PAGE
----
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      10. foto Erzsébet Kovács-Győző Zoltán: Candelabra, enamel miniature

The other remarkable way in which enamel evolved parallel with that of Engels’s copper era is connected to Ferenc Ötvös Nagy, and brought about the revival of such techniques as filigree, á jour and Transylvanian enamel. The publication of the unique and single specialised textbook Zománcmívesség (the Art of Enamelling) after the reconstruction of these techniques entailed many changes in the further evolvement of long forgotten goldsmithing techniques. After his first meeting with Endre Turi in 1985, Ferenc Ötvös Nagy accepted the invitation and became the member of the The International Colony of Enamelling in Kecskemét until 1996 when he went to Debrecen. His ideas about enamel including the revival of old traditions, the reconstruction, documentation and sharing of different techniques and the launching of education were realised in the Kós Károly Vocational School of Arts and Handicrafts of Debrecen.

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             11. foto Erzsébet Kovács: Seasons, enamel cloassonne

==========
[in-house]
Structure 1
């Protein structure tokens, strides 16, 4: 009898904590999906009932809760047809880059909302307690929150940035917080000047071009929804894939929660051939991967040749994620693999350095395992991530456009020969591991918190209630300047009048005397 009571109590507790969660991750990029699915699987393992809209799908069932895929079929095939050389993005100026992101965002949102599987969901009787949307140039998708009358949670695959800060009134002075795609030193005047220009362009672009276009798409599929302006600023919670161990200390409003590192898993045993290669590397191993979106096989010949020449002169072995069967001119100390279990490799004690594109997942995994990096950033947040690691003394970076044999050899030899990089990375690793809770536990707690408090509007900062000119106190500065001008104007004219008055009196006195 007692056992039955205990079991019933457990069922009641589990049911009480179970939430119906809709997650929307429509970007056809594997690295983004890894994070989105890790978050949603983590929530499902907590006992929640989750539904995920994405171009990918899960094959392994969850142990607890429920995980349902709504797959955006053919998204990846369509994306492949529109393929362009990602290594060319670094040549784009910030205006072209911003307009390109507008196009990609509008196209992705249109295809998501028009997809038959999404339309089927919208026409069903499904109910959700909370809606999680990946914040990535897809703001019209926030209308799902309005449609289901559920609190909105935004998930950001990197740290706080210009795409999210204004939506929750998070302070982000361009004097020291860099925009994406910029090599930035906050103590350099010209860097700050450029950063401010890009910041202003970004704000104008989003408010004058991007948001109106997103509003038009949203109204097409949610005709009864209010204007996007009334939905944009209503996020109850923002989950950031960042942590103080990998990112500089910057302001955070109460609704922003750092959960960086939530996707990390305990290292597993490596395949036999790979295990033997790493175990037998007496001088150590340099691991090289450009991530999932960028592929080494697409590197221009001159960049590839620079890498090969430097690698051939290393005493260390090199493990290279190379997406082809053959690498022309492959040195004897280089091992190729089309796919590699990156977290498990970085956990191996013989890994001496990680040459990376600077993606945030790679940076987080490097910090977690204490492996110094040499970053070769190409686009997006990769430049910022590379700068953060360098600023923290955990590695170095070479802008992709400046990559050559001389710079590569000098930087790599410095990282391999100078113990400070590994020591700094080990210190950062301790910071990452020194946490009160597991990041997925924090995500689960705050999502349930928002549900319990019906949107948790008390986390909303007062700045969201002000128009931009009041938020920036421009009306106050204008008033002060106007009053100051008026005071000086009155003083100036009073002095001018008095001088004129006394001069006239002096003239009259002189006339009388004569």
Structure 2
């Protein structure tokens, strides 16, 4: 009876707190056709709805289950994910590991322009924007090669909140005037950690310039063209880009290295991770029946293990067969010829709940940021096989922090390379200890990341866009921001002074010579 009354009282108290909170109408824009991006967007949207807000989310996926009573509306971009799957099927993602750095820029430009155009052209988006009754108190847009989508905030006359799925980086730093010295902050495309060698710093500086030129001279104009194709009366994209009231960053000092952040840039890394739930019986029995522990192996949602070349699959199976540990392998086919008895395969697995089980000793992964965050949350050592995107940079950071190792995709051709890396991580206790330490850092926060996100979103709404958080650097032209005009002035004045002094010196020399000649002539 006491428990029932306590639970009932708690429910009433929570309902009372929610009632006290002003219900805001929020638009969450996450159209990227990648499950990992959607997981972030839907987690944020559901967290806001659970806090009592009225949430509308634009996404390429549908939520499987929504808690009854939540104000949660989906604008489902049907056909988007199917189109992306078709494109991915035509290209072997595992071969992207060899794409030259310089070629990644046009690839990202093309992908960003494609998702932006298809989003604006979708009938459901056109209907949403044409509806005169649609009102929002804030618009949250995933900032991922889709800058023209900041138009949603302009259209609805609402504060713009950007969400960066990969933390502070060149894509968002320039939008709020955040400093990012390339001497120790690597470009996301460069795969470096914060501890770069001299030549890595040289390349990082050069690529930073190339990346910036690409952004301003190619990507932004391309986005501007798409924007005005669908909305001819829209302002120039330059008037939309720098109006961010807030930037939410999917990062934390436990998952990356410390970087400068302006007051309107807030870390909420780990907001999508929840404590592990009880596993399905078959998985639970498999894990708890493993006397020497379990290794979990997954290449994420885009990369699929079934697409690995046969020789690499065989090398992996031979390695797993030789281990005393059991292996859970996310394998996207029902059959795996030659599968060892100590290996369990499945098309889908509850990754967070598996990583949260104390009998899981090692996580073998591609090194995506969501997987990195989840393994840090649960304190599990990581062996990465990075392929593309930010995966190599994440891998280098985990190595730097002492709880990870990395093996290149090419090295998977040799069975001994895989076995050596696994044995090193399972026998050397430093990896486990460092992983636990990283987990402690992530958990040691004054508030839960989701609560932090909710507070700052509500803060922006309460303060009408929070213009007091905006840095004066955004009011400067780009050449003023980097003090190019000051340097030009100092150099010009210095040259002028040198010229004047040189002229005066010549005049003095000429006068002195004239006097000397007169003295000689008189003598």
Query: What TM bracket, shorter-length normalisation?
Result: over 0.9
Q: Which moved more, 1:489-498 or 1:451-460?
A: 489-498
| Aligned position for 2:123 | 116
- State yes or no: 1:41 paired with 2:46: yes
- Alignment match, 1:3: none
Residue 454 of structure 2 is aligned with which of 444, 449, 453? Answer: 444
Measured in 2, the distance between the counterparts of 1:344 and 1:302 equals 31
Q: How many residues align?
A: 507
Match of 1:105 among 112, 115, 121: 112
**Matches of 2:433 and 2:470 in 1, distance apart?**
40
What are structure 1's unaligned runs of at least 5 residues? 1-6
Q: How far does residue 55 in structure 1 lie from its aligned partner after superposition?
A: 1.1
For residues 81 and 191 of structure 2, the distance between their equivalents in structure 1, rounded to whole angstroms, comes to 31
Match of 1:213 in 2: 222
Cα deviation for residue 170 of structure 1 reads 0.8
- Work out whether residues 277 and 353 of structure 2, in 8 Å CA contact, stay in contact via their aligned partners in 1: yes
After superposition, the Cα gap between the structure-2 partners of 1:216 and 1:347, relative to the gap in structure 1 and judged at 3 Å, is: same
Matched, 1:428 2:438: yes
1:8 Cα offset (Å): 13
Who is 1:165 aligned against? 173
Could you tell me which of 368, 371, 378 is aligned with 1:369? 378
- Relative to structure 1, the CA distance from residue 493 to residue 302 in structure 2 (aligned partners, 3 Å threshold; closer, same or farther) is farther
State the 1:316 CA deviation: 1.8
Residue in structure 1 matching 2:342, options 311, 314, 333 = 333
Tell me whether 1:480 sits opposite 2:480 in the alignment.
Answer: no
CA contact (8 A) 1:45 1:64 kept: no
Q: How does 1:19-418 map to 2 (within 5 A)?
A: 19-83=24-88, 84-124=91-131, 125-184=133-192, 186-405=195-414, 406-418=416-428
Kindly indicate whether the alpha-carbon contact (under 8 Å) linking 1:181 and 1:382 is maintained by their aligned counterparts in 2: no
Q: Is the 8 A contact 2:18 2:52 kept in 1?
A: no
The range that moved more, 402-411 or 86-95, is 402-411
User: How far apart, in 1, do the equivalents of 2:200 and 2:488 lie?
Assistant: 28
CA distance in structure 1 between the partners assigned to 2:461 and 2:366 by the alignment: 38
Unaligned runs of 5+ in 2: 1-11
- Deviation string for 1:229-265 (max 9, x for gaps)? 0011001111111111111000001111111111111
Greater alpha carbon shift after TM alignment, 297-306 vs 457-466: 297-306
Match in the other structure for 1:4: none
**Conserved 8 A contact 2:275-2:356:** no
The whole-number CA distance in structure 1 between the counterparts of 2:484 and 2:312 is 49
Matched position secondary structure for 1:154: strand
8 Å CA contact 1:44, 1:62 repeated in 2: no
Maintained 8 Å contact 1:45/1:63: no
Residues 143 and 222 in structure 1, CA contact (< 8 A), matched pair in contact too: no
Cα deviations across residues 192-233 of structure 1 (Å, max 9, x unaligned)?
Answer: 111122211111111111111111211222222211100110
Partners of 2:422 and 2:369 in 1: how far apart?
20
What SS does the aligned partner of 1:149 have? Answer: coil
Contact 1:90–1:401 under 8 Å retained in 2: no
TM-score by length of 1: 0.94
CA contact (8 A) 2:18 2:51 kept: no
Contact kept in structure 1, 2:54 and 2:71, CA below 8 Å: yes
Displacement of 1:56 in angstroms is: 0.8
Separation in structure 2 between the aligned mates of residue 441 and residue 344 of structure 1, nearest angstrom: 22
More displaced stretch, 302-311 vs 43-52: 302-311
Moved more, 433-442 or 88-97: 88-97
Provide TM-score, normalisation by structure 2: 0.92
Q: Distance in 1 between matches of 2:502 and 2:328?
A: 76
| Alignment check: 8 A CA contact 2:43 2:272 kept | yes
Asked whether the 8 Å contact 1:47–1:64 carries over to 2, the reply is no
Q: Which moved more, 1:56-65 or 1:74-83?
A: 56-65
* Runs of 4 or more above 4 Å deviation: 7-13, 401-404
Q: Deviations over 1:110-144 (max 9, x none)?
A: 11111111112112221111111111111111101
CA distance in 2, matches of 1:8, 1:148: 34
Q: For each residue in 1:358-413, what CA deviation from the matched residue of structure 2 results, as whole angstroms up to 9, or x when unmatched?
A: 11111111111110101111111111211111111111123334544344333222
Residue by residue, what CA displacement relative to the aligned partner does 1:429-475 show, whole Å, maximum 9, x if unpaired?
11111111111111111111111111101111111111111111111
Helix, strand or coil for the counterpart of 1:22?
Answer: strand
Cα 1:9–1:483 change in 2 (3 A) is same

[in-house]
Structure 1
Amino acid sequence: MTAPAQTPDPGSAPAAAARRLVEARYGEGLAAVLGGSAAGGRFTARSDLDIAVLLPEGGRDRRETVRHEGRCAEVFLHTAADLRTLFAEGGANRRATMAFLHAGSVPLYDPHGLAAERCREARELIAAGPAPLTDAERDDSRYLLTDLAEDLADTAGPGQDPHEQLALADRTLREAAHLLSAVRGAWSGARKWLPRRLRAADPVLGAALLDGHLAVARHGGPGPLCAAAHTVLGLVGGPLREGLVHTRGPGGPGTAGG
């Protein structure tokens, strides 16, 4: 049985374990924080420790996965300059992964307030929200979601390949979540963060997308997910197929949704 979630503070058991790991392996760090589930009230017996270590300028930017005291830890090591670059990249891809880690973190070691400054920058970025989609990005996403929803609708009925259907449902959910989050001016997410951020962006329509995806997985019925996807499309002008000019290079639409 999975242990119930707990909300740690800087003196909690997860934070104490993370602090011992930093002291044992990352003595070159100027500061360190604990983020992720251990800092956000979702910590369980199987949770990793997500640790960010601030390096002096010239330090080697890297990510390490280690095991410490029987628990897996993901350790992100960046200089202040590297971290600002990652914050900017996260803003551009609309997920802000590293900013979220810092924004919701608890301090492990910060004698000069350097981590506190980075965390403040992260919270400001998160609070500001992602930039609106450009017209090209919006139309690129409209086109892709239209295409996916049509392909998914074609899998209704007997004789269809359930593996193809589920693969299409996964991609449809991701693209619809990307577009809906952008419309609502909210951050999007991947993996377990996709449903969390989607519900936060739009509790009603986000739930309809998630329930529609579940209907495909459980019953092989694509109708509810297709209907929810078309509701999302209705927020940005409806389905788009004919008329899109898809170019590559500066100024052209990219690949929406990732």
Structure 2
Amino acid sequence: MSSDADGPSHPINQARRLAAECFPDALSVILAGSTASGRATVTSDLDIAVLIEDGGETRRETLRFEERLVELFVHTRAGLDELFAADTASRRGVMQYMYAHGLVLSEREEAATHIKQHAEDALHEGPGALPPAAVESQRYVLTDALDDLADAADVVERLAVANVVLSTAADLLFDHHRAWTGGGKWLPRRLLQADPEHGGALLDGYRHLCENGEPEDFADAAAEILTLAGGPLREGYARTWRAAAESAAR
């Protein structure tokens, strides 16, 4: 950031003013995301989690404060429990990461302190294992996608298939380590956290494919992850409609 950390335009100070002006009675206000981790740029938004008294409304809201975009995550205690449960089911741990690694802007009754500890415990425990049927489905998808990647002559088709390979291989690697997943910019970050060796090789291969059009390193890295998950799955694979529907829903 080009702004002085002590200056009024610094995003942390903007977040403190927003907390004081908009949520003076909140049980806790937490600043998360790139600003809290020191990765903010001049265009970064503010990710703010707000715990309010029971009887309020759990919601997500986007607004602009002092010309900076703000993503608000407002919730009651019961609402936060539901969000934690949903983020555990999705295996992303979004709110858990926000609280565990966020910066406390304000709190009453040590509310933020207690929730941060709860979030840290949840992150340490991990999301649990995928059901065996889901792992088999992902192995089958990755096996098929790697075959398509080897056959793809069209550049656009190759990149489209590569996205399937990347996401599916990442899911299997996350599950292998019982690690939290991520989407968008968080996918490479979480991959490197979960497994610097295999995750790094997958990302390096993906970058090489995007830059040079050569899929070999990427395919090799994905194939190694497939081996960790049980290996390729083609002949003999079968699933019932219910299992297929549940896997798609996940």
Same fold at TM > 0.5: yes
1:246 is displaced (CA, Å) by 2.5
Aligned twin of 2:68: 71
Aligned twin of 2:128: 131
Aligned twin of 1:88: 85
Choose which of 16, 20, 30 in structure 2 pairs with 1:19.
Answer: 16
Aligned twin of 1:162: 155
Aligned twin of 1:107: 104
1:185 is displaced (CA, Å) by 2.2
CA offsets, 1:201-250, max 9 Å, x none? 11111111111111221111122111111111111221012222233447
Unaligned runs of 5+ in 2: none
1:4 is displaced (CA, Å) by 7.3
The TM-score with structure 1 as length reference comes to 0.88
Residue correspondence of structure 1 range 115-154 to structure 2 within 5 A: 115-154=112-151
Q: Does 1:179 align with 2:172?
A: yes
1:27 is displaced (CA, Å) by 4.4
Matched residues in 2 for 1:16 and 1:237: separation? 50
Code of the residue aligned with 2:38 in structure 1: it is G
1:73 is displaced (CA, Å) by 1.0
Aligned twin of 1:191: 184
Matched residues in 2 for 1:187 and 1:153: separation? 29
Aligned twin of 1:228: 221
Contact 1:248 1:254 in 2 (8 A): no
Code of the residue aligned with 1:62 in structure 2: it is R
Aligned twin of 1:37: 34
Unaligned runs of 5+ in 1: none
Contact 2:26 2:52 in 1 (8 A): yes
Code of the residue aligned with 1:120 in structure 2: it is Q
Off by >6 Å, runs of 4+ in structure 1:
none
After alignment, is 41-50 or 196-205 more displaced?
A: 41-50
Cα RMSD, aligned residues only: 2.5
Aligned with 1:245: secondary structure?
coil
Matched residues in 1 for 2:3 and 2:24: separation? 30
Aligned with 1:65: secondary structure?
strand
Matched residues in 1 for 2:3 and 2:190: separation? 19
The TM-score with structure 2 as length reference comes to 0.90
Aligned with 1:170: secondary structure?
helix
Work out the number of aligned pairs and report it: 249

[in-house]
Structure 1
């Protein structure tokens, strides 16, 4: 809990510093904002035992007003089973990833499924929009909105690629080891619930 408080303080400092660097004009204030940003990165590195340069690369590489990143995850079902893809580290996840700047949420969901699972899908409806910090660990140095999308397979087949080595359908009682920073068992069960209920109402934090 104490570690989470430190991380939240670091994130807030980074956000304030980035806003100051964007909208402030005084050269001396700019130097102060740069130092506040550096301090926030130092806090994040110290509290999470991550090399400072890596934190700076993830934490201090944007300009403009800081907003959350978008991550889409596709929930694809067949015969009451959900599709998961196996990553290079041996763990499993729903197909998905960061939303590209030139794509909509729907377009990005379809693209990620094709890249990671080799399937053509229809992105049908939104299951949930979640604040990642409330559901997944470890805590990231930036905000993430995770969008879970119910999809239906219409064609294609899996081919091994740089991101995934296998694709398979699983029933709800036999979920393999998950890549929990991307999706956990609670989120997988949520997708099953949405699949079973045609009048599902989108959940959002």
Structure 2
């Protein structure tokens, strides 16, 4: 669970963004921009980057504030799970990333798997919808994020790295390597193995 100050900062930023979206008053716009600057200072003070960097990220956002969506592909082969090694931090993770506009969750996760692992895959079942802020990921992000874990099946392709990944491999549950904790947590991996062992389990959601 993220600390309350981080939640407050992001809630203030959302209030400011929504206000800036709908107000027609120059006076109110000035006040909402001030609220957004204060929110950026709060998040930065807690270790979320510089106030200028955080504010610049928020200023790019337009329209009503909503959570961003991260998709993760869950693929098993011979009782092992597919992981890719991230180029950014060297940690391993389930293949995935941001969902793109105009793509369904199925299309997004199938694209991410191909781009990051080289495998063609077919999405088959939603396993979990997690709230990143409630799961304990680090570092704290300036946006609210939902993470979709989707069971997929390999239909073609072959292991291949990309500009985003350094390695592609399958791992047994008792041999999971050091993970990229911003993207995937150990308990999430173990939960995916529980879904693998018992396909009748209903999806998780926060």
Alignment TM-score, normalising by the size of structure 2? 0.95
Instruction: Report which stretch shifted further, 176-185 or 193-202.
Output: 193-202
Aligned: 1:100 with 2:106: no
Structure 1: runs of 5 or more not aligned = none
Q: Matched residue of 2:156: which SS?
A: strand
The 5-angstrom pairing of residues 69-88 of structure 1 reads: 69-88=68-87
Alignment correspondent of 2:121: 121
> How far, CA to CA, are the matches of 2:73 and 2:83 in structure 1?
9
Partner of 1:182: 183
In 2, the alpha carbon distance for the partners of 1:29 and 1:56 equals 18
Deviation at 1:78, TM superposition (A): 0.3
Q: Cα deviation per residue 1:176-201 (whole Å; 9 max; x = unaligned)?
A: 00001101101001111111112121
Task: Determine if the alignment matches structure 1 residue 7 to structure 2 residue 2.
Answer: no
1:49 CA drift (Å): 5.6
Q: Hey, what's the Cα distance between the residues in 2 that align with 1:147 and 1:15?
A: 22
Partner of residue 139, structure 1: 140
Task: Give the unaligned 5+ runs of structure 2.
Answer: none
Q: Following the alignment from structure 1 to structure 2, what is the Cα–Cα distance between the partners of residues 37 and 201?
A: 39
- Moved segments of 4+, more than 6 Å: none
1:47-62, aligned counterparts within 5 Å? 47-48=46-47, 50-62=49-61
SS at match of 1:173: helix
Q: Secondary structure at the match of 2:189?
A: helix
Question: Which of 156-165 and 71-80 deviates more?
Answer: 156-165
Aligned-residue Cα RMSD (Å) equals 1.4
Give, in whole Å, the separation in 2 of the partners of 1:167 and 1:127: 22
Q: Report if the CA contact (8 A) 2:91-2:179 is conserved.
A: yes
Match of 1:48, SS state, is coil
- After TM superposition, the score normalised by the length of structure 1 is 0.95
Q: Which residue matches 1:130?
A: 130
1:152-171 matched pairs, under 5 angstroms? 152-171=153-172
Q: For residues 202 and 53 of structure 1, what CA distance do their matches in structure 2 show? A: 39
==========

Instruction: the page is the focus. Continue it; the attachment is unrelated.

We should also mention among the new generation of goldsmiths who create enamel objects the couple, Erzsébet Kovács and Győző Zoltán who were taught by Engelsz and remained faithful to his views of enamel as an ornamenting tool. His works can be characterised by the diverse use of enamel on sacral objects. Those techniques using enamel as ornaments on panel pictures took a different way in their development. However, there were quite a few numbers of goldsmiths, applying such methods of enamel-metalwork as cloisonné, filigree, á jour, embedded enamel and rondebosse, who managed to create their own special world of enamel. By the 1990s, the number of goldsmiths using the above mentioned techniques stabilised and is constantly growing since that time thanks to the symposium. Nowadays the knowledge of enamel-metalwork has become a common property therefore the art of enamelling at the beginning of the twenty-first century offers a great variety of artistic materials for those working in all kinds of branches of art.